Nick Jones

Six months after the end of the 1984-5 miners’ strike Margaret Thatcher was still intervening personally to protect miners who continued to be victimised for having defied the National Union of Mineworkers and resumed work.

Hand-written instructions on her 1985 cabinet papers indicate her exasperation and later fury at the failure of the National Coal Board’s chairman Ian MacGregor to do more to ensure that the men who broke the strike were transferred to pits of their choice and did not lose money.

Lists of strike breakers who were being harassed and who were later moved to other collieries after Mrs Thatcher’s personal intervention have not been released and the names are to be kept secret for 70 to 80 years.

The cabinet records reveal extensive correspondence between the Prime Minister and leaders of the Miners’ Wives Back to Work Campaign, on whose behalf she made constant efforts to support the 30,000 miners who had returned to their pits before the end of the strike on 5 March 1985.

One note, written on 24 May 1985 and signed “MT”, said the government had to instruct the NCB to safeguard the working miners and must guarantee them certain conditions if they were being harassed by the NUM – the words “instruct” and “must” were both underlined.

She demanded two safeguards for the men:

“Have a transfer if they so wish and all reasonable expenses must be paid.” 

“No miner who worked should suffer financially because he worked; i.e. if he is moved to a surface job his pay must be made up to what it would have been.”

 

But as the weeks went by the wives of working miners contacted Downing Street time and again to complain about the victimisation still being suffered by their husbands, and Mrs Thatcher became increasingly infuriated at the coal board’s failure to protect and support them.

Her instructions to MacGregor, and her criticism of him for ignoring the plight of those who went to back, continued into late August 1985, almost six months after the end of the strike.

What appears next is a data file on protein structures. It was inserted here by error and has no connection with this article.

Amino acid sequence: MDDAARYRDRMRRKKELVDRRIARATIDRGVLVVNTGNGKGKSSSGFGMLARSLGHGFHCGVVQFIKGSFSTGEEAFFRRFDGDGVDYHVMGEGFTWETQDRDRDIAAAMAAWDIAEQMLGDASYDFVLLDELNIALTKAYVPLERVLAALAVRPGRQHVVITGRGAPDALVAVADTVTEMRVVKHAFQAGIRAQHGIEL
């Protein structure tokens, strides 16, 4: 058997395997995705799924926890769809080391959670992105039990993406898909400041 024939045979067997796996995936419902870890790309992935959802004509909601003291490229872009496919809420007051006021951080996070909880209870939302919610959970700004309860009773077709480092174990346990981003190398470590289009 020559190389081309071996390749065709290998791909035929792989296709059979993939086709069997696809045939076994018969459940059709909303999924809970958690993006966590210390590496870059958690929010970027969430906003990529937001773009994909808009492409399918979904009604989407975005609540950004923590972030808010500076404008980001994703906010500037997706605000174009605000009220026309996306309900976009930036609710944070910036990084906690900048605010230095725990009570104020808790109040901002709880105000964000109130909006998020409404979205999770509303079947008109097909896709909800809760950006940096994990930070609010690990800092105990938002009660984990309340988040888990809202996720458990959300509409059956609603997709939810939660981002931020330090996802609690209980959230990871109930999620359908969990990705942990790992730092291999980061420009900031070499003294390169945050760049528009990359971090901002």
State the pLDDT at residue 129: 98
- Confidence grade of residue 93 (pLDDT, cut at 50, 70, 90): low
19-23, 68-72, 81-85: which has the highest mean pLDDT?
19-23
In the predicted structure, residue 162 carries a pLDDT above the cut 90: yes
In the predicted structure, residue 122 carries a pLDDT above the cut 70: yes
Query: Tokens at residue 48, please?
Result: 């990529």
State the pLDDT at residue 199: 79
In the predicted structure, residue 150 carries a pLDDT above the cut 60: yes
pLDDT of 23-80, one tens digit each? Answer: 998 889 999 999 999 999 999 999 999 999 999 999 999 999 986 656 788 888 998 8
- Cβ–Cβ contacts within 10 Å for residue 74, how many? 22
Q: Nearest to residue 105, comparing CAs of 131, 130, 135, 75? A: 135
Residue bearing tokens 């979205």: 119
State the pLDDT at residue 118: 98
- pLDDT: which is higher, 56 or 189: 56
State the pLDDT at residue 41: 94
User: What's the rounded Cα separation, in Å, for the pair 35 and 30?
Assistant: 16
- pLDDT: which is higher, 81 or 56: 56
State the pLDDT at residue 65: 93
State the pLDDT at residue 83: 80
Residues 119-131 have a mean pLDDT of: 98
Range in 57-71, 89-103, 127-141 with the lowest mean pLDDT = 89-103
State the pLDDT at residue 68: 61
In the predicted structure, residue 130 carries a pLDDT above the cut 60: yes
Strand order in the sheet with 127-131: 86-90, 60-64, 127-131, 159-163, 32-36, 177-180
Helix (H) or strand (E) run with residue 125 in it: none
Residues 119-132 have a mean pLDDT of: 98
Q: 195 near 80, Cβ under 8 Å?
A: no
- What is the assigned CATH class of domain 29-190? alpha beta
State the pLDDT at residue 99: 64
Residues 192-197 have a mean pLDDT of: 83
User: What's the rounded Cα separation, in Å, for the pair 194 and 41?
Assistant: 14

The secret documents released by the National Archives underline the strength of her commitment to defend the working miners: in a letter to MacGregor dated 13 June 1985 she declared that her government would never “let down the people whose courage and determination took them through the worst strike in our history”.

Leaders of the Wives’ Back to Work Campaign had a secret meeting with Mrs Thatcher at 10 Downing Street in September 1984 and they subsequently kept in regular contact. 

During the final two months of the strike they wrote to her warning that government backing for possible “talks about talks” between the NCB and the NUM was slowing down the return to work.

Mrs Irene MacGibbon and Mrs Jane Fjaelberg both telephoned Downing Street to voice their alarm about a rushed settlement.  In her reply to Mrs Pauline Linton, Mrs Thatcher said she understood the wives’ fears that the NUM leadership “might yet evade responsibility for the misery they have caused”.

She had insisted that the NCB must remain resolute. “For my part, I have made clear that there can be no fudging of the central issue and no betrayal of the working miners to whom we owe so much.”

But within a few weeks of the strike ending the wives were again contacting Downing Street, this time to complain about the victimisation of men who defied the strike.

Her principal private secretary Robin Butler reported on a dinner for working miners held at the home of the newspaper columnist Woodrow Wyatt on 31 March 1985. 

Butler summed up the plight of the strike breakers: “those who had been loyal to the NCB could no longer take the victimisation...smear campaigns were being run against non-striking branch officials”.   

In a letter that week to Mrs Hackett, wife of another working miner, Mrs Thatcher thanked those men who were continuing to withstand “the most extreme threats and intimidation with a courage which is an example to us all”.

She also admired the courage of the wives whose husband had defied the strike. “The miners who stood up for their right to work in the mining dispute were defending a fundamental privilege of a free people. We can be very proud of them.”

The Prime Minister asked for her reply to be sent in a plain envelope and it was signed, “Every good wish, yours sincerely, Margaret Thatcher”.

Her impatience at the NCB’s failure to provide transfers for the strike breakers prompted an angry of exchange of letters with MacGregor. He made it plain that long-term transfers for all those who had returned to work were not possible because the number of vacancies was “very small” compared with the potential demand.

“To arrange transfers of men who feel they are being intimidated in any way would be an admission that such tactics by the hard-core militants were succeeding. The board are determined this will not happen.”